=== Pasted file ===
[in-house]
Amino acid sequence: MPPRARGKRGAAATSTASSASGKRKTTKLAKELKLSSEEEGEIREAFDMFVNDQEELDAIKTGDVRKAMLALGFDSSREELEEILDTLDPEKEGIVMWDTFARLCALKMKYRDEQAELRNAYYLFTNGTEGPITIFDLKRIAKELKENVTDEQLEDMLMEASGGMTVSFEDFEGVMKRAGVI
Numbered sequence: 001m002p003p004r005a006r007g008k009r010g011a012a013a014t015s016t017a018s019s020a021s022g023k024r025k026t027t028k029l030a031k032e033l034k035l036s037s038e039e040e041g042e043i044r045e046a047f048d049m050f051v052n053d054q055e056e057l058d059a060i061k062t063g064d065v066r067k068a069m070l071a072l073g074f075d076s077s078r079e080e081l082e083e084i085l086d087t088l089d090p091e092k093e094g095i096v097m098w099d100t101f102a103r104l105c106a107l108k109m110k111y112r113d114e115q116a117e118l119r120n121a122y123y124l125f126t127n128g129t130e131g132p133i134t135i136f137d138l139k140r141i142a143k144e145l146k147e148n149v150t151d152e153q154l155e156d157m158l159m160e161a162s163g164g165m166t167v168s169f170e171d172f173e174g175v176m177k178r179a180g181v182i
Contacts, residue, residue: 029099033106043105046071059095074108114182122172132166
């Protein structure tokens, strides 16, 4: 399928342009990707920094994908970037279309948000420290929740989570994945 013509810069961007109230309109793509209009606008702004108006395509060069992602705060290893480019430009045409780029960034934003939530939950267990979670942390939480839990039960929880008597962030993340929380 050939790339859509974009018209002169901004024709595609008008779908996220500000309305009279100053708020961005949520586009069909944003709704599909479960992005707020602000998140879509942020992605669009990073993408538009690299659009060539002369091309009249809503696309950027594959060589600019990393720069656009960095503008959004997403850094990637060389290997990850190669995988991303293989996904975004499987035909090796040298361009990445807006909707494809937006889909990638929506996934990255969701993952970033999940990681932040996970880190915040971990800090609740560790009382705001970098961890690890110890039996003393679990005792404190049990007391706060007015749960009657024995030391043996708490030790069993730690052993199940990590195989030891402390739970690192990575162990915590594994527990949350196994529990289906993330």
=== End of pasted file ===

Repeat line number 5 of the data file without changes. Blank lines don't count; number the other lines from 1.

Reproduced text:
């Protein structure tokens, strides 16, 4: 399928342009990707920094994908970037279309948000420290929740989570994945 013509810069961007109230309109793509209009606008702004108006395509060069992602705060290893480019430009045409780029960034934003939530939950267990979670942390939480839990039960929880008597962030993340929380 050939790339859509974009018209002169901004024709595609008008779908996220500000309305009279100053708020961005949520586009069909944003709704599909479960992005707020602000998140879509942020992605669009990073993408538009690299659009060539002369091309009249809503696309950027594959060589600019990393720069656009960095503008959004997403850094990637060389290997990850190669995988991303293989996904975004499987035909090796040298361009990445807006909707494809937006889909990638929506996934990255969701993952970033999940990681932040996970880190915040971990800090609740560790009382705001970098961890690890110890039996003393679990005792404190049990007391706060007015749960009657024995030391043996708490030790069993730690052993199940990590195989030891402390739970690192990575162990915590594994527990949350196994529990289906993330």